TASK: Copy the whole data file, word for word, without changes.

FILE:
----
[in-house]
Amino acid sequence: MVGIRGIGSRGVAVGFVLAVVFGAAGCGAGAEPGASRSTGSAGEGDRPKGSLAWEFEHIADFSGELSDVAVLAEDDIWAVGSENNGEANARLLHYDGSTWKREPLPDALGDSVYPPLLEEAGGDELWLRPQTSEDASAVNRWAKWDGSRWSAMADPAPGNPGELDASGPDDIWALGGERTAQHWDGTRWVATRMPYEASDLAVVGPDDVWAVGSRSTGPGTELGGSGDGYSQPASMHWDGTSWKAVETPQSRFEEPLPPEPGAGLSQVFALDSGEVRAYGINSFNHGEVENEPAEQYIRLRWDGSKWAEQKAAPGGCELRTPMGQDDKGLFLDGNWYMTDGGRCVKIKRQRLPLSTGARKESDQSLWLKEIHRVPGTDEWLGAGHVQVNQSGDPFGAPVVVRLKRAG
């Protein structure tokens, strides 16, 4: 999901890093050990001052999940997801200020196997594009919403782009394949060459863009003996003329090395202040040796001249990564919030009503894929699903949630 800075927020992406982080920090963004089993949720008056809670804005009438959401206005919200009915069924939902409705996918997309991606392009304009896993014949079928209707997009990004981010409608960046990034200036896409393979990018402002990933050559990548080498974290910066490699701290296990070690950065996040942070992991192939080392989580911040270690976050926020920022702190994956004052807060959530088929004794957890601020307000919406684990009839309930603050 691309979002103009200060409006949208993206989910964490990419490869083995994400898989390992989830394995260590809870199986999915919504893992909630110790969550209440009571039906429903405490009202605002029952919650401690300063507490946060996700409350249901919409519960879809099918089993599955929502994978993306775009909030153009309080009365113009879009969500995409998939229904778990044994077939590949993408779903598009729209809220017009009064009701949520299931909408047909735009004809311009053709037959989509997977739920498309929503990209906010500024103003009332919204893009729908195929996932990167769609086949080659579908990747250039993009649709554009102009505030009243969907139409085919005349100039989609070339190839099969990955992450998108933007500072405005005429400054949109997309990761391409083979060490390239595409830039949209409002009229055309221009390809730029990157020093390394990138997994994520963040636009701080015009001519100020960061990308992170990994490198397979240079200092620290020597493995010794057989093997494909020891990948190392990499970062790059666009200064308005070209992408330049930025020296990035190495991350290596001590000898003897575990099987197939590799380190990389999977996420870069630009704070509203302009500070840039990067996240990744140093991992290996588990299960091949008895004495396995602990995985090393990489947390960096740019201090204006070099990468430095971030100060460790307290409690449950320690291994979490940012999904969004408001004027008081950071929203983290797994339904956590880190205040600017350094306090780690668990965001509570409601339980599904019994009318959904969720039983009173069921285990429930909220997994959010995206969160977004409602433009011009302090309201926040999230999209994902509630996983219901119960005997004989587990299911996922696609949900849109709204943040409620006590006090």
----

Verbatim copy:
[in-house]
Amino acid sequence: MVGIRGIGSRGVAVGFVLAVVFGAAGCGAGAEPGASRSTGSAGEGDRPKGSLAWEFEHIADFSGELSDVAVLAEDDIWAVGSENNGEANARLLHYDGSTWKREPLPDALGDSVYPPLLEEAGGDELWLRPQTSEDASAVNRWAKWDGSRWSAMADPAPGNPGELDASGPDDIWALGGERTAQHWDGTRWVATRMPYEASDLAVVGPDDVWAVGSRSTGPGTELGGSGDGYSQPASMHWDGTSWKAVETPQSRFEEPLPPEPGAGLSQVFALDSGEVRAYGINSFNHGEVENEPAEQYIRLRWDGSKWAEQKAAPGGCELRTPMGQDDKGLFLDGNWYMTDGGRCVKIKRQRLPLSTGARKESDQSLWLKEIHRVPGTDEWLGAGHVQVNQSGDPFGAPVVVRLKRAG
């Protein structure tokens, strides 16, 4: 999901890093050990001052999940997801200020196997594009919403782009394949060459863009003996003329090395202040040796001249990564919030009503894929699903949630 800075927020992406982080920090963004089993949720008056809670804005009438959401206005919200009915069924939902409705996918997309991606392009304009896993014949079928209707997009990004981010409608960046990034200036896409393979990018402002990933050559990548080498974290910066490699701290296990070690950065996040942070992991192939080392989580911040270690976050926020920022702190994956004052807060959530088929004794957890601020307000919406684990009839309930603050 691309979002103009200060409006949208993206989910964490990419490869083995994400898989390992989830394995260590809870199986999915919504893992909630110790969550209440009571039906429903405490009202605002029952919650401690300063507490946060996700409350249901919409519960879809099918089993599955929502994978993306775009909030153009309080009365113009879009969500995409998939229904778990044994077939590949993408779903598009729209809220017009009064009701949520299931909408047909735009004809311009053709037959989509997977739920498309929503990209906010500024103003009332919204893009729908195929996932990167769609086949080659579908990747250039993009649709554009102009505030009243969907139409085919005349100039989609070339190839099969990955992450998108933007500072405005005429400054949109997309990761391409083979060490390239595409830039949209409002009229055309221009390809730029990157020093390394990138997994994520963040636009701080015009001519100020960061990308992170990994490198397979240079200092620290020597493995010794057989093997494909020891990948190392990499970062790059666009200064308005070209992408330049930025020296990035190495991350290596001590000898003897575990099987197939590799380190990389999977996420870069630009704070509203302009500070840039990067996240990744140093991992290996588990299960091949008895004495396995602990995985090393990489947390960096740019201090204006070099990468430095971030100060460790307290409690449950320690291994979490940012999904969004408001004027008081950071929203983290797994339904956590880190205040600017350094306090780690668990965001509570409601339980599904019994009318959904969720039983009173069921285990429930909220997994959010995206969160977004409602433009011009302090309201926040999230999209994902509630996983219901119960005997004989587990299911996922696609949900849109709204943040409620006590006090």